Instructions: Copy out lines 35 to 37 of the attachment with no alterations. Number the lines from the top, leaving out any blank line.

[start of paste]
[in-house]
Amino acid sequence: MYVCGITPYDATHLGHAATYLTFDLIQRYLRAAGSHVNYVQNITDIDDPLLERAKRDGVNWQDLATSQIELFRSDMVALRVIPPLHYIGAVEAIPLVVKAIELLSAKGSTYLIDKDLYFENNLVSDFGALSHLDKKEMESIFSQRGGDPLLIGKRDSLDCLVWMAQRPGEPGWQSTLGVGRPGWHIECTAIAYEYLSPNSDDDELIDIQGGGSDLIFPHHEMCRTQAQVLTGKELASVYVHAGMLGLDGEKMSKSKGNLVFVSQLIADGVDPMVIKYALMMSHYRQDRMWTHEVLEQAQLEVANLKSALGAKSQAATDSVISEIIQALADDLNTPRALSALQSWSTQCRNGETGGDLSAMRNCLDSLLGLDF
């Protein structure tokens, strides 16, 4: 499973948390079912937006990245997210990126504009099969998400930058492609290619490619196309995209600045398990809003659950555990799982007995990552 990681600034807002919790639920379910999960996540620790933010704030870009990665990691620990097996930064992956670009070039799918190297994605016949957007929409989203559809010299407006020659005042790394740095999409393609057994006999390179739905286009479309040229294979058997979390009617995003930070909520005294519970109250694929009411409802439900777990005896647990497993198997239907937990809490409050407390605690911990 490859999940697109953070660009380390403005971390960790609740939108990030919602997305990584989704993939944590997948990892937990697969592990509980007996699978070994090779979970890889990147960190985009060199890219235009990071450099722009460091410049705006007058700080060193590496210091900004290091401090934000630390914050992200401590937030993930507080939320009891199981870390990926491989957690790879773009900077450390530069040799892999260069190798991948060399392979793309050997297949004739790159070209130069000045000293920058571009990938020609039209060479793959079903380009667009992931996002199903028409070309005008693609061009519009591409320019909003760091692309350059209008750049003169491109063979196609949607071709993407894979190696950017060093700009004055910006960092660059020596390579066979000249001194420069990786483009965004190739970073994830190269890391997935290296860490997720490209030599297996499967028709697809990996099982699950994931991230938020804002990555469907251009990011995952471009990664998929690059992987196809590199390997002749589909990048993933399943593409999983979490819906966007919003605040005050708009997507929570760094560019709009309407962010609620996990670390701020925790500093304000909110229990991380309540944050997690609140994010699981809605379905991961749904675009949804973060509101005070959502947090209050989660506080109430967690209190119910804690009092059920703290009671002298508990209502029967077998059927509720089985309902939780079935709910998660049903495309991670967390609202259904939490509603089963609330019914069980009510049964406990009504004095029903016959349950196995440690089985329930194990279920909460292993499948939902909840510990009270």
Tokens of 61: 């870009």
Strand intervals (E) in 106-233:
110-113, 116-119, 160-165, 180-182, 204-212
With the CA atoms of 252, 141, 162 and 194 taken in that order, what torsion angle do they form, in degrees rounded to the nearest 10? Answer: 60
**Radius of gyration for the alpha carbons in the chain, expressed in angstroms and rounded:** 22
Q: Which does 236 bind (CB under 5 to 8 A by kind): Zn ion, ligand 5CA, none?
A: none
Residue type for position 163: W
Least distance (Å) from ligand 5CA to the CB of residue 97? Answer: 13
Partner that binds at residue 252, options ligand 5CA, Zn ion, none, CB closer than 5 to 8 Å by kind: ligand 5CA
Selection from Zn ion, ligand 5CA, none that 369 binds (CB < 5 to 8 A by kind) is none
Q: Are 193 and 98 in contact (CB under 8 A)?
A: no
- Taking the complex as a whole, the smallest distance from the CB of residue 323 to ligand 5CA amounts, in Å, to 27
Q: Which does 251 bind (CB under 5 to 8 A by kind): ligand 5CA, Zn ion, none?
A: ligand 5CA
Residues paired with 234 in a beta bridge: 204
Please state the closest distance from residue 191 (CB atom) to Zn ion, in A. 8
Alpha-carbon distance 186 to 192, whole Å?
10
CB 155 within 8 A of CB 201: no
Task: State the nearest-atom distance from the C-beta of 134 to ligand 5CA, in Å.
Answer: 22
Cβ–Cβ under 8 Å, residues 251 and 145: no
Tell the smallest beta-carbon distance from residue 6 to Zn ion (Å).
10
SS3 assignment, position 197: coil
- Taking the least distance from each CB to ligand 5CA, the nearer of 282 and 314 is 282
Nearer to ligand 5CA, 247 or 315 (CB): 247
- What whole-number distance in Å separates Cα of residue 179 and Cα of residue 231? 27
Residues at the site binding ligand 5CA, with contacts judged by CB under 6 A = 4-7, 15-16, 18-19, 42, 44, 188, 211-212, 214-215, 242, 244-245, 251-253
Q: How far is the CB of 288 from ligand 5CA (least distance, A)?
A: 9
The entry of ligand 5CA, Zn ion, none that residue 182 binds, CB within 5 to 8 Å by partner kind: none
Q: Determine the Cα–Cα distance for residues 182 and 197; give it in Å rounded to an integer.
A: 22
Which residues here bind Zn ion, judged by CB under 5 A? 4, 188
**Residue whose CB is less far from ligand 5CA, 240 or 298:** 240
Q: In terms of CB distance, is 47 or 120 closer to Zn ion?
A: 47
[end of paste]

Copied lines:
Q: How far is the CB of 288 from ligand 5CA (least distance, A)?
A: 9
The entry of ligand 5CA, Zn ion, none that residue 182 binds, CB within 5 to 8 Å by partner kind: none